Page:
(Chris) But you are giving back because you’re here on the Watkin Sofa and you’re going to teach other agents what you’ve learned. If you could have your time again as an estate agent, your whole journey from moving up to the Lake District, being a part-time accountant in 2000 to now 2021, 21 years later (obviously you started as a wee lass) if there’s one thing you would change, what would it be?

(Rachel) Probably to have the courage of my convictions a little bit more, I’d love to have more confidence, if I got a good feel about something that I felt would be right, I would very often be holding back because I just didn’t have the confidence to do it, so to be braver.

(Chris) Thank you for your time today, and in the next few videos we will talk about your time in lockdown, so that we can help the other estate agents out there, and we can talk about the things that p** you off, things you really like about the industry and other aspects. So this wraps up our first video and I hope that people will learn a lot from it and I can say that what I consider, and what Peter Knight considers, to be one of the best estate agents out there.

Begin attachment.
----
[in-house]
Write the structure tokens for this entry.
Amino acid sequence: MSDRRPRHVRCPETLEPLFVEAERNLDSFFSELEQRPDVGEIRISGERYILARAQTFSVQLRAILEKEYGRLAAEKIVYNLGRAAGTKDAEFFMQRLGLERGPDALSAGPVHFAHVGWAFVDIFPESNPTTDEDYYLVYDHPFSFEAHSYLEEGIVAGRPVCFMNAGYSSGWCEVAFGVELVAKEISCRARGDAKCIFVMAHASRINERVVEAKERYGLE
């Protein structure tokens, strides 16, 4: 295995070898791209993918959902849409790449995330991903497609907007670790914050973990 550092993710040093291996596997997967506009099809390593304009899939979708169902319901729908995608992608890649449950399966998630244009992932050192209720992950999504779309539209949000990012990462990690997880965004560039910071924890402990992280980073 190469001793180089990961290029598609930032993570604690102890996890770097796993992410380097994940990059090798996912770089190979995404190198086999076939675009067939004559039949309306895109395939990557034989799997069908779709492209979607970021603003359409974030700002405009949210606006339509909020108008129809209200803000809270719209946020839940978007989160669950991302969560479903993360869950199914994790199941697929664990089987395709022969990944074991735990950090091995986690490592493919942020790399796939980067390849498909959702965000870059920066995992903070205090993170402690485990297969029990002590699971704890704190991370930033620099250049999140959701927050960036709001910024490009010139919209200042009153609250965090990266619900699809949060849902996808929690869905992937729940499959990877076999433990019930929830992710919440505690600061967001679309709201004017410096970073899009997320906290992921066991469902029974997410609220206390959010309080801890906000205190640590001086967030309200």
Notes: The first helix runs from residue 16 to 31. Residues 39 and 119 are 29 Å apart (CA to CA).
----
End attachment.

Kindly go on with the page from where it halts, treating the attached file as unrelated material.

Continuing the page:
Low points

(Chris) Which is the lowest point that you’ve been at?

(Rachel) Any type of staffing issues or people issues are the most challenging. I am not naturally a confrontational person and people’s issues are not black and white and I tend to go over them in my head. During lockdown I did close an office and had to make a team redundant which was very difficult for me on a personal level. So that in itself was a low point but I could cope with it because I knew I was making the right choice.

(Chris) So why did you have to close the third office?

(Rachel) It hadn’t been making money, it was always on my radar ‘what are you going to do about this Rachel?’ I think that I probably was too proud ‘ I can make this work’ or not brave enough for such a significant change for the business as it’s quite a close-knit company. But I think lockdown forced that decision right there in front of me.

(Chris) Do you think if we hadn’t had the COVID pandemic and all of the ramifications of that, you’d still have that third office?

(Rachel) Honest answer, yes probably.

Lessons Learned

(Chris) What would your message be to estate agents out there who have an underperforming office because, I don’t know about you, but I’ve seen an awful lot of agents instead of spending more time at the sickly office, they tend to get sucked into actually spending more time at good offices.

(Rachel) Absolutely, I think the key is to get to the root of the issue, whether it’s a people issue or whatever it may be, really drill down, don’t let it off your radar, do try the things that you know – certain strategies – it might be the wrong person leading the office – so give it a go first but if it’s not working and in your heart of hearts you know it’s not right, you’ve got to take that brace step.